Within the pages of Dr. Anna Kohen’s memoir, Flower of Vlora, resides real-life drama. The book is a personal account of her family’s escape from the Holocaust during World War II (due to the generosity of the Albanian people), as well as Anna’s struggles as a child growing up under the communist dictatorship her family endured after the war. Communicated with honesty and courage, Flower of Vlora tells the story of Anna’s family and of her own well-lived life, when all of it could have gone so very wrong many times. It’s the story of a brave and remarkable woman, her incredible passage from war-torn, poverty stricken, and deprived Albania, to the rich and opportunity-filled West – steadily guided by her own goals and by her Jewish family’s values. This is an inspirational narrative with many layers, a true tale of a modern-day Scheherazade that unfolds over three continents and spans more than 80 years. It’s a Balkan story of survival, an American tale of success, and a story of international Jewry. More than anything, Flower of Vlora is a life lesson on the merits of living according to your principles, of generously giving back when you can, and of truly caring and loving unconditionally.

– Zanet Battinou, Director, The Jewish Museum of Greece

About the Author

Anna Kohen


Dr. Anna Kohen, DDS, was born in Vlora, Albania, just after the end of World War II and grew up in a small community of Romaniote Jews that Muslim Albanians had saved from the Nazis. Her family then experienced the hardships of the communist dictatorship. Managing to leave Albania with her family in 1966 through careful planning and trickery, she first settled in Greece, where she completed her dentistry studies at the Ethnikon and Kapodistriakon University of Athens Dental School. Emigrating to the United States in 1971, she continued her studies at New York University’s Dental School and received a DDS Dental Degree in 1976. After graduation she was appointed as an Assistant Clinical Professor of Restorative Dentistry at NYU Dental School and taught there for ten years. She practiced general dentistry at her office in Manhattan until her retirement to Sarasota, Florida in 2013.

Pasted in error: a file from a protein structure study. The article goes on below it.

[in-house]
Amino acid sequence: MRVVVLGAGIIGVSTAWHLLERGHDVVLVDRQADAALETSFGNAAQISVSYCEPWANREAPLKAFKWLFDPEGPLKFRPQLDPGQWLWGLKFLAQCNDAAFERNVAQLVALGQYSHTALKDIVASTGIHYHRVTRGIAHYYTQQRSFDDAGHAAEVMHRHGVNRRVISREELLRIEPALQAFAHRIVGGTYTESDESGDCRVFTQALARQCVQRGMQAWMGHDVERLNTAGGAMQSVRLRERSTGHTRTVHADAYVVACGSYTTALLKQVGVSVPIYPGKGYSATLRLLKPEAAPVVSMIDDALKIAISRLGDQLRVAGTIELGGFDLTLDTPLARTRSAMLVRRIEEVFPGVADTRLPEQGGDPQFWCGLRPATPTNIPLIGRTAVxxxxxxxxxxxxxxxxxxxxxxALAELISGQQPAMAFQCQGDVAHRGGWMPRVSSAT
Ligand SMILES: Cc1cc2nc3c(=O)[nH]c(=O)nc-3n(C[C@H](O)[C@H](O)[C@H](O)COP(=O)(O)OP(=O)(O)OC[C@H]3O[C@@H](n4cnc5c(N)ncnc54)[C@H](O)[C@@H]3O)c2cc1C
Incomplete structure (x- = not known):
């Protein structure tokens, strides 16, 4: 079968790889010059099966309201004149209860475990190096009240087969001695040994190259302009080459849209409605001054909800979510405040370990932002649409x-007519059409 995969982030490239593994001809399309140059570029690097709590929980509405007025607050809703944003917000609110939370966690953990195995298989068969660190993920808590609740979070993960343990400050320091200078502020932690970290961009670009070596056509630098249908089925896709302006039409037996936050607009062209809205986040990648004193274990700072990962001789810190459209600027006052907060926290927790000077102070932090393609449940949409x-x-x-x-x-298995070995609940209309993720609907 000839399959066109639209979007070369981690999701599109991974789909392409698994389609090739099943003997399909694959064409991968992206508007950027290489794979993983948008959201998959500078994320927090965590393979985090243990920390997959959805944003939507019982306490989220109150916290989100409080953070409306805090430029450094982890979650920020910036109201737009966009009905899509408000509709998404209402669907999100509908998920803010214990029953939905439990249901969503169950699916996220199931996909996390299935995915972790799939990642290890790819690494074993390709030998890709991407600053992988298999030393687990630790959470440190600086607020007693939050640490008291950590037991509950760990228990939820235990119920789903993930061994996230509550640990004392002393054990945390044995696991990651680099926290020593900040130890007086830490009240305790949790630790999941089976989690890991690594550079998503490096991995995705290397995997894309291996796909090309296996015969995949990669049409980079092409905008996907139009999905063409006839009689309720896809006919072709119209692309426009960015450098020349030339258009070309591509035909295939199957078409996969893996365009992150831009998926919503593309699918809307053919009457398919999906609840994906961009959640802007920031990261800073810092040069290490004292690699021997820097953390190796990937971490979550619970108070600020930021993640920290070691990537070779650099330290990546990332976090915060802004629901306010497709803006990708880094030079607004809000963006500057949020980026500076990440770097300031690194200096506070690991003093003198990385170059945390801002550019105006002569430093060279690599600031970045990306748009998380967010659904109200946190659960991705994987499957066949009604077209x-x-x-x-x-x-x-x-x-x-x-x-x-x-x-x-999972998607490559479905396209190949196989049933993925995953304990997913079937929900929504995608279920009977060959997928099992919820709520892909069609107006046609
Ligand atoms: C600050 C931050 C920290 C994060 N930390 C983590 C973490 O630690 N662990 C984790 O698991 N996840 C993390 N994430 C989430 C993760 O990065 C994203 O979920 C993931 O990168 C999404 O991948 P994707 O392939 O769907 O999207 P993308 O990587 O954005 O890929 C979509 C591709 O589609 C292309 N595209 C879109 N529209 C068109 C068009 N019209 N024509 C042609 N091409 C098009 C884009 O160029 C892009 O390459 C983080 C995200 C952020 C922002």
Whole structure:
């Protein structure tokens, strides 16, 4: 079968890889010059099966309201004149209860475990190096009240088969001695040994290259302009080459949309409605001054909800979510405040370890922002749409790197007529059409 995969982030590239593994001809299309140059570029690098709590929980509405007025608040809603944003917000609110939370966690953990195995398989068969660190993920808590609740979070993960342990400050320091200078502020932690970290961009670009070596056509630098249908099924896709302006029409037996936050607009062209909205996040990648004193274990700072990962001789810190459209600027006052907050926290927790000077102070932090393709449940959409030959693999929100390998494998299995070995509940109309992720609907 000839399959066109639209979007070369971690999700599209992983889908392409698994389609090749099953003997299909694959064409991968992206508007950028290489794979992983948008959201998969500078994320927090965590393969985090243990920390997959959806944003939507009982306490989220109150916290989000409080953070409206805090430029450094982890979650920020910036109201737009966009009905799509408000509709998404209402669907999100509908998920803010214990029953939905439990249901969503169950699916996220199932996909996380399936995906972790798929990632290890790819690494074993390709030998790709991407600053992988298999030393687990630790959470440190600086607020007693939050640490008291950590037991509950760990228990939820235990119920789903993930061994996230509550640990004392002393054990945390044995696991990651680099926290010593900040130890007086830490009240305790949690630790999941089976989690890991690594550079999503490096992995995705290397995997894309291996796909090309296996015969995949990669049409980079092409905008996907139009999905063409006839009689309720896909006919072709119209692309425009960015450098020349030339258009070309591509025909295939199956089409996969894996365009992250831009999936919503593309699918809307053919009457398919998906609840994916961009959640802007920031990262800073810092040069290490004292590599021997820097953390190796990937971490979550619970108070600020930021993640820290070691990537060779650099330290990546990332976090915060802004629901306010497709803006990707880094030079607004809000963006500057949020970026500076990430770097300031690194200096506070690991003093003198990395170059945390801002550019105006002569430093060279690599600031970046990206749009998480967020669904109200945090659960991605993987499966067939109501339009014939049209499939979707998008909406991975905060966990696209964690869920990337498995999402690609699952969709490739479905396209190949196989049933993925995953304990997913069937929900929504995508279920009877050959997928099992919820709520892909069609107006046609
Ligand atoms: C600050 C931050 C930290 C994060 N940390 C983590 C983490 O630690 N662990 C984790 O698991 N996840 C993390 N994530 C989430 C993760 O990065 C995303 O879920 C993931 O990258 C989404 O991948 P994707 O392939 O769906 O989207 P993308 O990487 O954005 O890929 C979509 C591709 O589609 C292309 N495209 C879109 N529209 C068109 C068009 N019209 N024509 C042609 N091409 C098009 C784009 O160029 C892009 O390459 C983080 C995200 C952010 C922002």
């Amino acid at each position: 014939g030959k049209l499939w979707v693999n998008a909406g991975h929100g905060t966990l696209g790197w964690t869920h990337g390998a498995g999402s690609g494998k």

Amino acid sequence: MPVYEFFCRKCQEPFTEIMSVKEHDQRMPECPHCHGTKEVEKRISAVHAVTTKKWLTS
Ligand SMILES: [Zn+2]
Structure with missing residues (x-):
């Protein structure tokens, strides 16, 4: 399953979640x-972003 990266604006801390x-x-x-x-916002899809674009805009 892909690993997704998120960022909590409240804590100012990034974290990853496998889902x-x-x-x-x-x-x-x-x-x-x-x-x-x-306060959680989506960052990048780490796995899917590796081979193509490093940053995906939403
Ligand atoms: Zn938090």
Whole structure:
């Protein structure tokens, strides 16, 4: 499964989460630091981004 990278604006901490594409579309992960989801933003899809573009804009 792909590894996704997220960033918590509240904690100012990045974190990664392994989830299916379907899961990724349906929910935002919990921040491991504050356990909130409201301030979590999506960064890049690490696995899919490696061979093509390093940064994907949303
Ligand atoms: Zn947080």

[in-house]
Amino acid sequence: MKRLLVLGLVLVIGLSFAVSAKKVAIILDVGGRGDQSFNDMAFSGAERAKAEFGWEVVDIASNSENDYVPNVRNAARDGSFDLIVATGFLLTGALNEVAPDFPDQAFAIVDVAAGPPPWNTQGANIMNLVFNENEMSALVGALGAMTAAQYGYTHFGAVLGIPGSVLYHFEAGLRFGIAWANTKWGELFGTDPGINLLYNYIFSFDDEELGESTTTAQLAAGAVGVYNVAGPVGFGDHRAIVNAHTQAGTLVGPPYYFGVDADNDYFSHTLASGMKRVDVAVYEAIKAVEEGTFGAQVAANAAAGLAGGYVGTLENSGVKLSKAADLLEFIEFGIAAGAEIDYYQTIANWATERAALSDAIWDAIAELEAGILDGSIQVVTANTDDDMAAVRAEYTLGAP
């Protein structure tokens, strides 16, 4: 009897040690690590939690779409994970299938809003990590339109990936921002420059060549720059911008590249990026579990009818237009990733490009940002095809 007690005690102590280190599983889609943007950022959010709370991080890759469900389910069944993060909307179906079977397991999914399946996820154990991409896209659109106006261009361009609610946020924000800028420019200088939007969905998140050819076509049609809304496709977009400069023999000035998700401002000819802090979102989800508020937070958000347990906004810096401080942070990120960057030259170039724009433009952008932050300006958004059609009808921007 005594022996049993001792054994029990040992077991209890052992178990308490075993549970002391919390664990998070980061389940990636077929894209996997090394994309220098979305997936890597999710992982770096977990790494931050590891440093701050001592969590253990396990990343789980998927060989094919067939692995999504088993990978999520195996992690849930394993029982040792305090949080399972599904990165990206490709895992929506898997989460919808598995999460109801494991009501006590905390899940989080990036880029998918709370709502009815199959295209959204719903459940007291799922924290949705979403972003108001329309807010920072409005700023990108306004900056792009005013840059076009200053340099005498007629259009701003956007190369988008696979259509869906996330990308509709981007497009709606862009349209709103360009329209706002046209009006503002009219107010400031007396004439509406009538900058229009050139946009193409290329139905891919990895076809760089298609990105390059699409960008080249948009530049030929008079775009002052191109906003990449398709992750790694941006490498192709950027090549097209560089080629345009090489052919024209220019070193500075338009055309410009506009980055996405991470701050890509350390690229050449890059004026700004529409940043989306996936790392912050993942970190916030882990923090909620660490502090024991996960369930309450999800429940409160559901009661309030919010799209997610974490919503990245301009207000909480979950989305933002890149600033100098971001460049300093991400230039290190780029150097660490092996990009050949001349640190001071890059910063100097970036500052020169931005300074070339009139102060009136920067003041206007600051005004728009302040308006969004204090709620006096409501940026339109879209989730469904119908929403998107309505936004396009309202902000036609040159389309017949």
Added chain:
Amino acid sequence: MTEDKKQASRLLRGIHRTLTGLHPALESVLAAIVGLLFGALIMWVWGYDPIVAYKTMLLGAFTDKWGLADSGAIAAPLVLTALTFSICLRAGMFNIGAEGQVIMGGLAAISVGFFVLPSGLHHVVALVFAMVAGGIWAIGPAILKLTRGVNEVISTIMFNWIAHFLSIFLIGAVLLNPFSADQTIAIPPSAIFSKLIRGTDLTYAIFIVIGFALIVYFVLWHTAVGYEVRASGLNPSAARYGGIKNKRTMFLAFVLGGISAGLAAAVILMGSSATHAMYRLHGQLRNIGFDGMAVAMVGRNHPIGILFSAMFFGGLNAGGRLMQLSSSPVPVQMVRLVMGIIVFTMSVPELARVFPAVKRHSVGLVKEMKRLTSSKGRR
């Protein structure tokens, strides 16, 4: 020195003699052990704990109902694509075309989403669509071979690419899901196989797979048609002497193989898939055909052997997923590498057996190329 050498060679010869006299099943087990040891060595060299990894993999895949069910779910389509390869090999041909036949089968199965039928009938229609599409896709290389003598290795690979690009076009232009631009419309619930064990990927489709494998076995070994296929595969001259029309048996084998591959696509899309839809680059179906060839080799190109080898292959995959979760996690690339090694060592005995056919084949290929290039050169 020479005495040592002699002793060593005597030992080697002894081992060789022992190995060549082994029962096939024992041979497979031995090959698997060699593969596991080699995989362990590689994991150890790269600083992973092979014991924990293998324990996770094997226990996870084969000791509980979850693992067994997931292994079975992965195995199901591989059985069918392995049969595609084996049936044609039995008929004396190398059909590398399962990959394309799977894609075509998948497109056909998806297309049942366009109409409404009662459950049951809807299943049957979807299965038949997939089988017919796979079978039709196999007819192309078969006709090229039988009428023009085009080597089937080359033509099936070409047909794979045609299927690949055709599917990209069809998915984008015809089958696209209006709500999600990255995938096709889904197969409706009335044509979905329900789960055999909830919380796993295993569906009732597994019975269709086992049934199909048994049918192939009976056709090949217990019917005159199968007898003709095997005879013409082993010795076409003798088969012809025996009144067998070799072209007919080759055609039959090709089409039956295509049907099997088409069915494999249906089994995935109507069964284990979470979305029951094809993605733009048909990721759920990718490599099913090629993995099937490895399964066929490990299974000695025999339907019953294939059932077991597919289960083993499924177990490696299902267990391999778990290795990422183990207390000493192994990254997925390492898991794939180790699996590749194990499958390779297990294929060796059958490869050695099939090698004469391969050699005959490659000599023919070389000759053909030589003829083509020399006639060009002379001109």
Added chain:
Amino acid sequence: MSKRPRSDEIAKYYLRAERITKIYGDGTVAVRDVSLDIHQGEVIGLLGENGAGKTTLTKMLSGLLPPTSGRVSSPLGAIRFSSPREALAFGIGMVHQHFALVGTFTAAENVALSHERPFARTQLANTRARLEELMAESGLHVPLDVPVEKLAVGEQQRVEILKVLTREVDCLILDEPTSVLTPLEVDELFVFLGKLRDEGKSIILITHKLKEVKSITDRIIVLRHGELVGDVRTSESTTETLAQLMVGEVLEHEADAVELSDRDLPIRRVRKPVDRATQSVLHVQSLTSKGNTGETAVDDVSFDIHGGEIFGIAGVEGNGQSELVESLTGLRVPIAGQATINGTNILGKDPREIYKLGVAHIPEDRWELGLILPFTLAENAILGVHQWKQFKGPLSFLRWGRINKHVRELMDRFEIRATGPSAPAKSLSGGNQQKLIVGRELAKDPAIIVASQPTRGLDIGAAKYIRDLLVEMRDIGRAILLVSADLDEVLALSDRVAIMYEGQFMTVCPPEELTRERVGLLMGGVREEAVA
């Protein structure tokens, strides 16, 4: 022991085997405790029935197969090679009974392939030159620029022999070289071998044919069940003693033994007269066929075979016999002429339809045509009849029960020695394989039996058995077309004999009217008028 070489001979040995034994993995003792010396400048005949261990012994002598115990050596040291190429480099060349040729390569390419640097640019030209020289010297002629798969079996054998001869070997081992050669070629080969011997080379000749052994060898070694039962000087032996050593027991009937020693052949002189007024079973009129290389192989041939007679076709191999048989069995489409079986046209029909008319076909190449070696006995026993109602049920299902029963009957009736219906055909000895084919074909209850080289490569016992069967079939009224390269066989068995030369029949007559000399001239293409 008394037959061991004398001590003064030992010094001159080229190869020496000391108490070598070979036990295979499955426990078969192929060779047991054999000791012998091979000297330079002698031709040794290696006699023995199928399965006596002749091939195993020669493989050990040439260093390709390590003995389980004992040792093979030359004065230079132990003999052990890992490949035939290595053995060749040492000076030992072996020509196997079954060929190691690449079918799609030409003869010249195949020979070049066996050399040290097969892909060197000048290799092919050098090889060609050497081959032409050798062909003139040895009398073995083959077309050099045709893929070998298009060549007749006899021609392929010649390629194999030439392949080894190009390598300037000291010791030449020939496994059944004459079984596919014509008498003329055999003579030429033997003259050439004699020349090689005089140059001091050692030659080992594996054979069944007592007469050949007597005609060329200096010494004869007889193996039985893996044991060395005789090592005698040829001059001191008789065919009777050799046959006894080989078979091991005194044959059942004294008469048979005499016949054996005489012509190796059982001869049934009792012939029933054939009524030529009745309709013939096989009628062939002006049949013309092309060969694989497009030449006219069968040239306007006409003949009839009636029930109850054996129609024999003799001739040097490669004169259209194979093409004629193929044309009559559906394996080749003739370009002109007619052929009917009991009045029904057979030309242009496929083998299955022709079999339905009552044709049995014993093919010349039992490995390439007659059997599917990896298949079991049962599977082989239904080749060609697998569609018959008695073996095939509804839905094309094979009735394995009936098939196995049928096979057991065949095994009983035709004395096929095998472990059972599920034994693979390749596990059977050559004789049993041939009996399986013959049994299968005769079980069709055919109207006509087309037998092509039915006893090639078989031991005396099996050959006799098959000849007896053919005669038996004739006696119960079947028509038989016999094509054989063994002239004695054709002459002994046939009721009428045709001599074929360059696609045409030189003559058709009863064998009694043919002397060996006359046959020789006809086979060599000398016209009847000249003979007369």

In 1990, with the help of several Jewish organizations, Dr. Kohen brought 37 of her Jewish-Albanian relatives to the US, and assisted them in the process of integration. In 1991, she was invited to Albania to celebrate the formation of the Albanian Israeli Society, of which she is an elected an Honorary Member. In 2004, the President of the Albanian Republic, Alfred Moisiu, recognized Dr. Kohen with the Special Civil Merits medal for, “Valuable contributions helping Albanians during the Kosovar humanitarian crisis; for precious aid given to the new Albanian emigrants in the United States of America.” In 2006, Dr. Kohen was given the title Honored Citizen of Vlora by the Major of Vlora. On that same day, Dr. Kohen witnessed the renaming of a street where her Jewish community had lived to “The Jewish Street,” the results of her efforts to have Albania’s Jewish community recognized. In 2013, the New York Chapter of American Albanian National Organization gave her its Lifetime Achievement Award. Another Albanian President, Bujar Nishani, honored Dr. Kohen during his official visit to Washington, DC, in 2014.

Dr. Kohen’s nonprofit work includes assisting the Fresh Air Fund in sending numerous underprivileged children to summer camp, aiding Allen Healthcare provide free classes Albanian immigrants to become home attendants for Albanian elderly, and in partnership with the Italian Cancer Society, helping provide free mammograms to Albanian women without insurance at the Bronx House. She has assisted the Domenick Scaglione Children’s Foundation in Tirana, the Little Baby Face Foundation, and partnered with Gift Of Life International to provide Albanian children with lifesaving heart surgeries.
Dr. Kohen frequently visits Albanian schools in the Bronx, teaching children how to take care of their teeth and maintain good oral hygiene. She has participated in countless community events and contributed moral, emotional and financial support to members of the Albanian community. For nearly two decades, she was elected and served as President of the Albanian American Women’s Organization—“Motrat Qiriazi”—the most active organization in the Albanian community. She founded and is president of AAWO’s Florida chapter. In 2016, Dr. Kohen accepted a Golden Eagle Award at the Diaspora Summit in Albania on behalf of AAWO. In 2018, she was presented with the Lifetime Achievement Award from AAWO in New York on International Women’s Day and Teachers’ Day. In 2019, she was honored by the Jewish Federation of Sarasota-Manatee, where she is the founding chair of its International Holocaust Remembrance Day. She has spoken before the United Nations, is an Honorary Member of the Albanian Medical Society, and was honored with a Proclamation from New York City Hall. Dr. Kohen is married to a Holocaust survivor from Poland and has two children and three grandchildren.

Amsterdam Publishers Newsletter – AP – Specialist in Holocaust Memories

Flower of Vlora